With millions of dollars hanging in the balance, the last thing prospective Conservation Reserve Program (CRP) participants want to hear is that they are starting the competitive bid process in worse shape than before.
That is exactly what Scotland County producers learned recently, as the region has lost its Wildlife Priority Area (WPA) designation, and the 30 possible points that went along with it, leaving some local CRP participants concerned that with an anticipated increase in ground seeking to enter the program, that some local property owners will be left on the outside looking in.
“A couple Farm Bills ago, Farm Service Agency was allowed to designate Wildlife Priority Areas in our state, not to exceed 33% of the total state of Missouri’s cropland,” explained, Allen Powell, CRP specialist with the Missouri FSA office in Columbia.
Powell indicated Scotland County was among the counties chosen at that time to receive WPA designation, “based mainly upon species decline such as quail, prairie chicken, pheasant and migratory bird populations and patterns.”
Producers in the WPA designation areas are eligible for up to 30 additional points on their CRP applications if their ground meets requirements.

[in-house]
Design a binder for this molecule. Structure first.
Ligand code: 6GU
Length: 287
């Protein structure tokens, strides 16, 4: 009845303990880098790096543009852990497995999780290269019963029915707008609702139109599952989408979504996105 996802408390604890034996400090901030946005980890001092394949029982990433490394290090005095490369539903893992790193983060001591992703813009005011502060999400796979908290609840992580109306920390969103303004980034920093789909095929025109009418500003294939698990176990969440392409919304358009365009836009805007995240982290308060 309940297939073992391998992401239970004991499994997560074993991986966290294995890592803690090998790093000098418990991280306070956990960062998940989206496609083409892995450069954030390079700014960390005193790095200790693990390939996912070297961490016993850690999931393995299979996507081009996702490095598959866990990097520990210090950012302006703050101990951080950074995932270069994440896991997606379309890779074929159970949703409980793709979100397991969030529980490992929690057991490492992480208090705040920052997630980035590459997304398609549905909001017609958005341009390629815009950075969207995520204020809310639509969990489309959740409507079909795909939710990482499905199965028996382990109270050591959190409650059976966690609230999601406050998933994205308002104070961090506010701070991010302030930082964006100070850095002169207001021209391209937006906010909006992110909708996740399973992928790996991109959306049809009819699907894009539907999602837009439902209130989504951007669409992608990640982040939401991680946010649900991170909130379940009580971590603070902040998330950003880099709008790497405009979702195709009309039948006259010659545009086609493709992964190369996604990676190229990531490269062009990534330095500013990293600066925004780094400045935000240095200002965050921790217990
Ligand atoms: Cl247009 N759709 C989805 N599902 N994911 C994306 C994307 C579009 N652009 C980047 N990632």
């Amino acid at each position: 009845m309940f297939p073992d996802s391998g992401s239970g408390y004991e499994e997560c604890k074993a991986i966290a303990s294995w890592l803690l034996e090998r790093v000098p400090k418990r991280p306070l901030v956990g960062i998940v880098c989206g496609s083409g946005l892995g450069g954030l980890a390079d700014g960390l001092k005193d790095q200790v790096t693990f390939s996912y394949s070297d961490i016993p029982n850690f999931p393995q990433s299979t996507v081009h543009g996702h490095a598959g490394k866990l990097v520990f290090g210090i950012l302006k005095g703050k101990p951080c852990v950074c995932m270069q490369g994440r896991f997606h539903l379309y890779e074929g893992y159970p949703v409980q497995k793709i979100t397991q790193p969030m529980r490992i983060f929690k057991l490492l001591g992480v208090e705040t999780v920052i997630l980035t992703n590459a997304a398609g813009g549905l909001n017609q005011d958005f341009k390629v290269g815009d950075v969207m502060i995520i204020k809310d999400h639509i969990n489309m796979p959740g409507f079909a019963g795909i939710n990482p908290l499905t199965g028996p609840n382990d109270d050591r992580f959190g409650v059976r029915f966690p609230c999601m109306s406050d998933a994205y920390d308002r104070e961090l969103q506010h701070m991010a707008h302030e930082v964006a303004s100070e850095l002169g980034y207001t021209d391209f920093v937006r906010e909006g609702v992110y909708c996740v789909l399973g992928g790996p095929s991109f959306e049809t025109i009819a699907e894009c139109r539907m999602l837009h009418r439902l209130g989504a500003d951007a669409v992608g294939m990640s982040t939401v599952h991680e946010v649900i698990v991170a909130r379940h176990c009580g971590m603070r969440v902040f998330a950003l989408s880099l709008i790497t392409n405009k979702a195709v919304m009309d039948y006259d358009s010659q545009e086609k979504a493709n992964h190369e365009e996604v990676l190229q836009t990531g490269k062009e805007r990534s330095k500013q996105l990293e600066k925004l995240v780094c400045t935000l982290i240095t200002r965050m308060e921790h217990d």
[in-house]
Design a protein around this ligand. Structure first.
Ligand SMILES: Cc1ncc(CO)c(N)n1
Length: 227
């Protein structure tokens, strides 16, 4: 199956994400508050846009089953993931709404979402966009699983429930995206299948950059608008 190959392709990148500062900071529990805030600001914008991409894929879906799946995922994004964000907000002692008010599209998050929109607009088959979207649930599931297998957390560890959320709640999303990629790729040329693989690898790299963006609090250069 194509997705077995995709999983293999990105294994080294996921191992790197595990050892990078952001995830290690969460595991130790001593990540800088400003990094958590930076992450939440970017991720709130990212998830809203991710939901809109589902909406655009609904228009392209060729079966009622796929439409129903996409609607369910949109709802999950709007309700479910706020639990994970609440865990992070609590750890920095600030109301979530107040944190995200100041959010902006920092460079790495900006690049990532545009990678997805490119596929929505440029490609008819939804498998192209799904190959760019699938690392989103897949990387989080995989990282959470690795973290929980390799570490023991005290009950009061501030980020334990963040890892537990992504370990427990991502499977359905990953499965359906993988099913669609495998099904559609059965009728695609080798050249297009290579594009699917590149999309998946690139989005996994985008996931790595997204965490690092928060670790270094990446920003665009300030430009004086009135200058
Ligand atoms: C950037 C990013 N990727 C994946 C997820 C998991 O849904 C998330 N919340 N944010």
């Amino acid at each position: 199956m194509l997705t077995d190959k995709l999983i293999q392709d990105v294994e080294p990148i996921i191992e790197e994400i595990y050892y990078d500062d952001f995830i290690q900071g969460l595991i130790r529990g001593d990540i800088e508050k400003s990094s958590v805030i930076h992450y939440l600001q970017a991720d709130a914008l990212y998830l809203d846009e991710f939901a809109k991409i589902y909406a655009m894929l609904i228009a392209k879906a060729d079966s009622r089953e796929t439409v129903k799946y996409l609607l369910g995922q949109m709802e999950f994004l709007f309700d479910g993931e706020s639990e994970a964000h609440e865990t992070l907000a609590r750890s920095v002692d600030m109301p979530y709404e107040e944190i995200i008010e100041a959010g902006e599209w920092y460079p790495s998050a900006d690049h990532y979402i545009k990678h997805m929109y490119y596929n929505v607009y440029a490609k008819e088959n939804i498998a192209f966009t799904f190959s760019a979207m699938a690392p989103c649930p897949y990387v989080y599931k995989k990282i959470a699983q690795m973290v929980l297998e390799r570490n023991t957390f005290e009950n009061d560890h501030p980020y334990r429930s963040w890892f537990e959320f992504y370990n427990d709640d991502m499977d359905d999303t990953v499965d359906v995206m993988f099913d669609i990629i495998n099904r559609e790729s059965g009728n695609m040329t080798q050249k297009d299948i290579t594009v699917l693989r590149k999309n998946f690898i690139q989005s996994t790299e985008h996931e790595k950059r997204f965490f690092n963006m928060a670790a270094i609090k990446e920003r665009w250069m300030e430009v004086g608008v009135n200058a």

“They do not automatically get the 30 points towards their offer,” Powell stated. “They are required to plant specific mixes of grasses, forbs, legumes, in order to receive these points.”
Unfortunately for Scotland County, the current CRP sign up is the first under the new Farm Bill, which has reduced the WPA offerings from 33% to just 25% of the state.
Scotland County was one of the causalities of the reductions, along with basically the entire northern most part of the state, adjoining the Iowa state line.
Powell indicated that in addition to Scotland County, Schuyler, Putnam, Mercer, Harrison, Worth, Nowaday and Gentry counties also lost their Wildlife Protection Area designation and the 30 possible additional points that went along with it.
Local FSA director Sharon Marks indicated the topic was discussed at the recent CRP meeting held in Memphis, but was not a concern at a similar meeting held in Kahoka, since Clark County was not previously a Wildlife Protection Area.
She noted that not having the WPA designation did not negatively impact Clark County.
“Not having the 30-point advantage did not have an impact on us last signup,” she said. “All but one of Clark County’s 54 offers were accepted, and the one that didn’t get approved was not a surprise.”
Marks noted that Scotland County had 45 offers during the last CRP signup and all were accepted, with only one applicant being declined in the signup process before that.
That has not curbed concerns for some local landowners, that if a large amount of ground is offered in the current signup that some of Scotland County’s applicants will be denied.